The LA Times Asks, Should the Census Count Black and Latino Inmates in Rural Prisons as Area Residents?
April 3, 2020 In the Press
With the 2020 census now beginning, a central criminal justice question has emerged, “Should prisoners be counted as residents of the community where they’re incarcerated or of their home when they were arrested and where they generally return to upon release?”
Reporting for the Los Angeles Times, Kurtis Lee and Sandhya Kambhampati write,
The U.S. Census Bureau counts inmates as residents of the counties where they’re imprisoned — a practice that officials say is meant to provide the most accurate and fair way of capturing a moment-in-time count. Still, in recent years, a wave of states have passed laws requiring post-count adjustments during legislative redistricting to avoid what critics refer to as prison gerrymandering.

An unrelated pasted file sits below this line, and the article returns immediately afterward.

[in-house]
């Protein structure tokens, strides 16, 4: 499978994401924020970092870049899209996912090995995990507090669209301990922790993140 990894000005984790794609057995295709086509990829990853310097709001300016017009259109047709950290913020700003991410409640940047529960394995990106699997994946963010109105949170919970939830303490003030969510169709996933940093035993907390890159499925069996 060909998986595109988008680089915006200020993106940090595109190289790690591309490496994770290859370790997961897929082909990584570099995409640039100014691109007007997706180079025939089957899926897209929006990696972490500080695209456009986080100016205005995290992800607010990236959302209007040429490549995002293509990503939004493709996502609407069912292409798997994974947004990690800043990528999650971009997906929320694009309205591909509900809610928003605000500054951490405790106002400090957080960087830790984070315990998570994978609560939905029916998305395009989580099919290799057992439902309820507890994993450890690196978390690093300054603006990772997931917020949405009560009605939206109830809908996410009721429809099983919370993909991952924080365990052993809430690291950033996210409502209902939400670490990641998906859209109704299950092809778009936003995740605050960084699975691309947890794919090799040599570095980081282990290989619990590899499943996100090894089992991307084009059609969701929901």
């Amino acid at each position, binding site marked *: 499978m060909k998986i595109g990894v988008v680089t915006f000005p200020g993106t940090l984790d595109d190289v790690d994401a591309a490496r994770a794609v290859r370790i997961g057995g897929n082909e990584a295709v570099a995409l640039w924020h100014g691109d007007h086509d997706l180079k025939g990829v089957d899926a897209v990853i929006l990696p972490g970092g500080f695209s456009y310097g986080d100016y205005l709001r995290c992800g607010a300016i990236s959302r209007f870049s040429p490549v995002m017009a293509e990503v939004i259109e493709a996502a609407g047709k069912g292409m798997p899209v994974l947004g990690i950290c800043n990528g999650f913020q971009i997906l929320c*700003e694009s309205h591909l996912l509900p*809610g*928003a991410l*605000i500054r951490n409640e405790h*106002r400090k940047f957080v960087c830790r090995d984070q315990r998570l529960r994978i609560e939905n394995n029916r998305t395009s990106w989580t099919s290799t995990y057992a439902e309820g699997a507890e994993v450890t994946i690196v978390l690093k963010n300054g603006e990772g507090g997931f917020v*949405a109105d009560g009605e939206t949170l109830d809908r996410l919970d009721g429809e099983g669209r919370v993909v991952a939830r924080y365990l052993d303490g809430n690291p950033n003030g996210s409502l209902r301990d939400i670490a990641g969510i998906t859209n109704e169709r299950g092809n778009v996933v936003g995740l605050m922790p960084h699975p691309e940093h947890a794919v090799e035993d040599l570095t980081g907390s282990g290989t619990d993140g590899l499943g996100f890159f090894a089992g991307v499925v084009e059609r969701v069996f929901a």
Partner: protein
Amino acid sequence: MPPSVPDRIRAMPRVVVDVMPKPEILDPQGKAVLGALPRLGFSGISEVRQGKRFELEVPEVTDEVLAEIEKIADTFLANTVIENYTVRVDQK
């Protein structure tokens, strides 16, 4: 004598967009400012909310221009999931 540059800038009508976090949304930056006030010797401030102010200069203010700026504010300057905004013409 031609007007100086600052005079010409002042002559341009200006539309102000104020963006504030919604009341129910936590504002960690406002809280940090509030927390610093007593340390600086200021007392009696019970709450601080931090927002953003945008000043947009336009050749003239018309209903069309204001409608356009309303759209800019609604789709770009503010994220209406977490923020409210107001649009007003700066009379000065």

Advocates contend that regions where prisons are located — often rural, predominantly white areas — have unfairly inflated their numbers, and thus their political clout, by being able to count inmates such as Marquantte, who is black. Many of the inmates are Latino or black men from more densely populated areas.